The analysis brothers are at it again with Little Mac in Smash Bros. It seems the moves for Little Mac are getting more clear in how they will work and also some new info on the Punch Out stage itself.
Friday, March 07, 2014
Thursday, March 06, 2014
Can you any of you relate to some of the deaths in this game? While I do think the game is very challenging, it is never unfair and there hasn't been one "cheap" death through my current playthrough of the game. If you learn the levels, the timing and obstacles it becomes a very smooth yet rewarding experience all while remaining very challenging.
Wednesday, March 05, 2014
Well friends, hell has finally frozen over, Activision has it's first ever content available for any of their games on the Nintendo eShop. The Free Fall map that was promised as a pre-order bonus for Ghosts took 5 months to make it to the Wii U version. Better late than never right?
Tuesday, March 04, 2014
If you have played only a few of the levels of this game, you are missing on the full experience for sure. There are so many amazingly ambient music tracks from start to finish that it's hard to believe music can sound this good in a brand new game.
Monday, March 03, 2014
Friday, February 28, 2014
Wii U's GPU is Highly Efficient - Not Magical Fantasy (rebuttal on Gaming Blend's Wii U GPU Article & More)
(This GPU was pure speculation for Wii U, nothing more)
So yesterday, the website "Gaming Blend" posted a story about the Wii U memory bandwidth and GPU being more powerful than most thought.
Here is their original story: Link to page
Now while I don't disagree that the Wii U has a ton of untapped potential in the way of it's GPU and CPU usage in the way it was originally designed for use with the system; some of the information in that article was not correct and must be commented on since it deals directly with a topic I started on this website a while ago.
The article talks about theoretical memory bandwidth for the Wii U, not factual in any means. While it is true that the Wii U's 32MB of eDRAM could give it a great advantage when dealing with certain processing effects, Artifical Inteligence, Anti-Aliasing or an easier solution to reach 1080p, this eDRAM is not going to magically make the entire Wii U box have over 500GB per second in memory bandwidth. Lets be reasonable please.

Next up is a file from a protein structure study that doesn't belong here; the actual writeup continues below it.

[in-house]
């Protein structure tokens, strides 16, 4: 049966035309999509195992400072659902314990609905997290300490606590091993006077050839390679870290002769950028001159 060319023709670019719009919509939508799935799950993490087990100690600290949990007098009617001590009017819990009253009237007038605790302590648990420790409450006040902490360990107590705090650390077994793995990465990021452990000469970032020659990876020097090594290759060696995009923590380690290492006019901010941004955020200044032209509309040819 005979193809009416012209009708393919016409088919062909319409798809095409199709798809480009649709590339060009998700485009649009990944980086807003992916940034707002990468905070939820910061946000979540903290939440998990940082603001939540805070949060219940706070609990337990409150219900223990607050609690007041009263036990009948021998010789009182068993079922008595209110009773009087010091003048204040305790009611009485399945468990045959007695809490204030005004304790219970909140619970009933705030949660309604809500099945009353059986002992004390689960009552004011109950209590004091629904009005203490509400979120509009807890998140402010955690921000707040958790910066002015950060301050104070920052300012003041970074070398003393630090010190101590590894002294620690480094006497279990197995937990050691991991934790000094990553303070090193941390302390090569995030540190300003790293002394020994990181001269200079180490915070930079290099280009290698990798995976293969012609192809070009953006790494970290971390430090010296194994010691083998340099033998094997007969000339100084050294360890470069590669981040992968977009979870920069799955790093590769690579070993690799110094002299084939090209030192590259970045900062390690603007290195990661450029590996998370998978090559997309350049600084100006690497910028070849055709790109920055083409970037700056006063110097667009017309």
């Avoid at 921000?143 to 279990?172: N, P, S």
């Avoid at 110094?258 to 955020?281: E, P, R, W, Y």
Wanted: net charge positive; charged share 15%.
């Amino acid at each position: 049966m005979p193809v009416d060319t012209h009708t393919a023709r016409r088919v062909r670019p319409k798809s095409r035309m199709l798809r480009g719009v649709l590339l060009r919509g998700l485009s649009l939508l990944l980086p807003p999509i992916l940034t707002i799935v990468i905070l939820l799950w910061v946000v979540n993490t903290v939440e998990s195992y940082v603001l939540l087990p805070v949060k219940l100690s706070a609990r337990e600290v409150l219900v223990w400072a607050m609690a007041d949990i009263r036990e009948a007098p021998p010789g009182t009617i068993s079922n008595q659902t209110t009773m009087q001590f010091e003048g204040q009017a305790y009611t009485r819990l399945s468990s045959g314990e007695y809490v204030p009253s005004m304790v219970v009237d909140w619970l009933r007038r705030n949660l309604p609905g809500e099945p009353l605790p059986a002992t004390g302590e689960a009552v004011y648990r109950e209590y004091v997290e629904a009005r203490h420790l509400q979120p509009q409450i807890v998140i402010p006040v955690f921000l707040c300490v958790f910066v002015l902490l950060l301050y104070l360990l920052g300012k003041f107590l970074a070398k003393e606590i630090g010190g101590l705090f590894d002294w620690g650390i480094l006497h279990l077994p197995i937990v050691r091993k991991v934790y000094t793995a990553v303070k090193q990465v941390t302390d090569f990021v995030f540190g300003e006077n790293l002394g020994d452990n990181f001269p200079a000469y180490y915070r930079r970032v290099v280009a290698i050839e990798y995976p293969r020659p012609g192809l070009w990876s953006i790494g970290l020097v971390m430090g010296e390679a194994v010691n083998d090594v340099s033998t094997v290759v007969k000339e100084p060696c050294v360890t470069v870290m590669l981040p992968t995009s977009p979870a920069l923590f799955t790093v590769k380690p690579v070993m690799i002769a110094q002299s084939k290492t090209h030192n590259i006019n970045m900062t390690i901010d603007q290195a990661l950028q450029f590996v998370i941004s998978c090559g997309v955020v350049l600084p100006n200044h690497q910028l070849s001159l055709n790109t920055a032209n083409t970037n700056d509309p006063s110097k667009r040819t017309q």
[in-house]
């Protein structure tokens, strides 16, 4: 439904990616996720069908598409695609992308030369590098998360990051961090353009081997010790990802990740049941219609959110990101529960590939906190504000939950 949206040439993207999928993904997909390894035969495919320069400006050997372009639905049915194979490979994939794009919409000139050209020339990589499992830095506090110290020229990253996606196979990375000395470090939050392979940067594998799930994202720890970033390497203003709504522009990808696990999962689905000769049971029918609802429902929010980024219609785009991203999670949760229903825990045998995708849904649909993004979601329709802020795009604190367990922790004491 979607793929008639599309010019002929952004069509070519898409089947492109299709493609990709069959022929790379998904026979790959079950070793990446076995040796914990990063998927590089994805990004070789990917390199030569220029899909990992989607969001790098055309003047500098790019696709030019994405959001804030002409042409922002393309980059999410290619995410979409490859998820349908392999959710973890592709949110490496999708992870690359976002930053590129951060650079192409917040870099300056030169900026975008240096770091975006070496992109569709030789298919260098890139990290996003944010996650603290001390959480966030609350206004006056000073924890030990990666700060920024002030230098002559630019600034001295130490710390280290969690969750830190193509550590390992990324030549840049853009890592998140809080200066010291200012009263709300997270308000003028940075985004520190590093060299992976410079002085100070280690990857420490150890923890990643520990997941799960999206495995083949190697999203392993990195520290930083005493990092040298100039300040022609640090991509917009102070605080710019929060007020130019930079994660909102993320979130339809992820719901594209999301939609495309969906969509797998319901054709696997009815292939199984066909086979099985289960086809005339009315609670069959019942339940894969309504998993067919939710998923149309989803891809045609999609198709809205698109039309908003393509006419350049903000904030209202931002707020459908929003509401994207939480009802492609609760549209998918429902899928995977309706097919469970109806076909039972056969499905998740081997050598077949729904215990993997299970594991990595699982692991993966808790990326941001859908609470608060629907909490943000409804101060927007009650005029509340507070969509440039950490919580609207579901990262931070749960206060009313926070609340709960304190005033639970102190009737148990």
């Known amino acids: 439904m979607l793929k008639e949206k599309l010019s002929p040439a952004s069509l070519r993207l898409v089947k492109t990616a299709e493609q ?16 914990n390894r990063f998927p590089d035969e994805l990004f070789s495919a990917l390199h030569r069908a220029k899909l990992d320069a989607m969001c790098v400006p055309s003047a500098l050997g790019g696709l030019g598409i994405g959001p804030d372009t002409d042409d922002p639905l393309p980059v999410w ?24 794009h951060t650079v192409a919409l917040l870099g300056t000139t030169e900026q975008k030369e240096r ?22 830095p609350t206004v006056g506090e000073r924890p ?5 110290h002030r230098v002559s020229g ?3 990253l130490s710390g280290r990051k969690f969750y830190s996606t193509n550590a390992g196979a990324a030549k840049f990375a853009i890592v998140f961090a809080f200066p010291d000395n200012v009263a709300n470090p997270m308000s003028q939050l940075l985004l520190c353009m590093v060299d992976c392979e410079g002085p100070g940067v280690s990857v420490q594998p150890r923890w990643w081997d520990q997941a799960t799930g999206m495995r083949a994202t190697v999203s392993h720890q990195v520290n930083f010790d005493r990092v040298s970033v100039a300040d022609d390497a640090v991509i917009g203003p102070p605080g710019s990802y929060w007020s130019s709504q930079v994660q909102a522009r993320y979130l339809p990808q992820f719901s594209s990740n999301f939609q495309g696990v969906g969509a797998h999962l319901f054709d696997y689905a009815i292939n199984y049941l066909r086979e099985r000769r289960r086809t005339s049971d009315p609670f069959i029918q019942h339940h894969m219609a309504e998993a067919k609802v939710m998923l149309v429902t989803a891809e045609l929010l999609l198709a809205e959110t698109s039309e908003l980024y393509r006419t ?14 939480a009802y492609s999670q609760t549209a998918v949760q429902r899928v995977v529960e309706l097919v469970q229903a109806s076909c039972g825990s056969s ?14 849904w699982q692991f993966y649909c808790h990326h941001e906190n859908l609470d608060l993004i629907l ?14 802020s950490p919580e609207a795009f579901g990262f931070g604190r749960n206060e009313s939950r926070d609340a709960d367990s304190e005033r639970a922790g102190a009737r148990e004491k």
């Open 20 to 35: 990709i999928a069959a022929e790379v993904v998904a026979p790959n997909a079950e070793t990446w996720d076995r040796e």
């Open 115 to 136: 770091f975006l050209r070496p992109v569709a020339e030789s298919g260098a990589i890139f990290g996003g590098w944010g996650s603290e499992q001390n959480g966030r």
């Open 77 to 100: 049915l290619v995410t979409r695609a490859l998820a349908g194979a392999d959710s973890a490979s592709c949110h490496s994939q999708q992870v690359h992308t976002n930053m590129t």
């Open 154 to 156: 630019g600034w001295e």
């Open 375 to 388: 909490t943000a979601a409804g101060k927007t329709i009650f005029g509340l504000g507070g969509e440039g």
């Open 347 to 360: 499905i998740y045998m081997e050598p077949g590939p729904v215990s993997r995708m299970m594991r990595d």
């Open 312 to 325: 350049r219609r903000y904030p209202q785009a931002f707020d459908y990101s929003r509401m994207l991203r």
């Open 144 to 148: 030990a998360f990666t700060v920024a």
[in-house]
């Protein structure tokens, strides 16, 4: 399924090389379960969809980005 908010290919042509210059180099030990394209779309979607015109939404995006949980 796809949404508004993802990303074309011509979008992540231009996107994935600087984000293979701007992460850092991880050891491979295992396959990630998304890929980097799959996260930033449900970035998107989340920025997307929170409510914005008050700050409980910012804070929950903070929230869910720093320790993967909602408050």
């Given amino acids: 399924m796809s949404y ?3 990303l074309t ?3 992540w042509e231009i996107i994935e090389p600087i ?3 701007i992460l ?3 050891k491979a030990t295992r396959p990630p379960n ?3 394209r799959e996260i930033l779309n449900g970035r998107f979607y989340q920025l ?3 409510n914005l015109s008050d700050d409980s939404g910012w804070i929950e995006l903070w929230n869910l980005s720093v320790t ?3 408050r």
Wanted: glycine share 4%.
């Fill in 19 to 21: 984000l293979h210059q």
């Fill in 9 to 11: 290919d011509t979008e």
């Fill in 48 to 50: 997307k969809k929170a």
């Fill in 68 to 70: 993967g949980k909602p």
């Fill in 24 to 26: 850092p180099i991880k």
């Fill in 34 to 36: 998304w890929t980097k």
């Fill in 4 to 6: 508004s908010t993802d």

On two separate occasions talented Wii U developer Shin'en has made statements on both the Wii U's memory bandwidth and the 32MB of eDRAM:
In regards to the Wii U eDRAM:
In comparison, on XBOX360 you usually had to render in sub 720p resolutions or in mutliple passes. Even if you don’t use MSAA
In regards to the Wii U's memory bandwidth:
“The 1GB application RAM is used for all the games resources. Audio, textures, geometry, etc. Theoretical RAM bandwidth in a system doesn’t tell you too much because GPU caching will hide a lot of this latency. Bandwidth is mostly an issue for the GPU if you make scattered reads around the memory. This is never a good idea for good performance.”
“I can’t detail the Wii U GPU but remember it’s a GPGPU. So you are lifted from most limits you had on previous consoles. I think that if you have problems making a great looking game on Wii U then it’s not a problem of the hardware.”
Now we come to part about the "rumored" E6760 GPU that was used as a base for the Wii U, from supposed Software Engineer, Francisco Javier Ogushi Dominguez, who if you try to research you find that he is a forum poster on hdwarriors.com and has been found posting links back to this website and other Nintendo sites for his reference and has no credibility or proof of who is really is. See here for one of his posts: Link
The point is that no one started a rumor about the E6760 being the GPU base for the Wii U, it was only my own speculation from multiple points of reasoning that I gathered and posted over a year and a half ago in hopes of narrowing down what the performance of the GPU for the Wii U was going to be like. For some reason, forum posters and some websites changed that statement to "rumor" from speculation.
Here is my original speculation article in full: Speculation: Wii U GPU Based on AMD Radeon E6760
(The Wii U GPU pictured above is a beast in efficiency, not raw power)
The performance of the Wii U GPU does have a lot of similarities with the E6760 in power consumption and efficiency, but the design was something based on a GPU that existed before the E6760 was even around. However, there is no doubt that many of the characteristics of the more modern GPU technology from the E6760 and other similar GPU's were "Frankensteined" into what became the final Wii U GPU.
What makes the Wii U GPU and CPU combination unique from the PS4 or Xbox One, is the architecture. The whole fact that the Wii U architecture is designed around PPC and not x86 gives the system the ability to produce amazing results in a small package. This is a smart design choice for a console, since x86 design relies to a much greater degree on raw power and less efficiency to get better results. The Wii U has modern graphical features and shaders on par with DirectX 11, in combination with the Out-of-Order PPC CPU gives the system a very efficient way to produce Next-Gen modern effects in it's games with a fraction of the overall power that is needed in the other new consoles.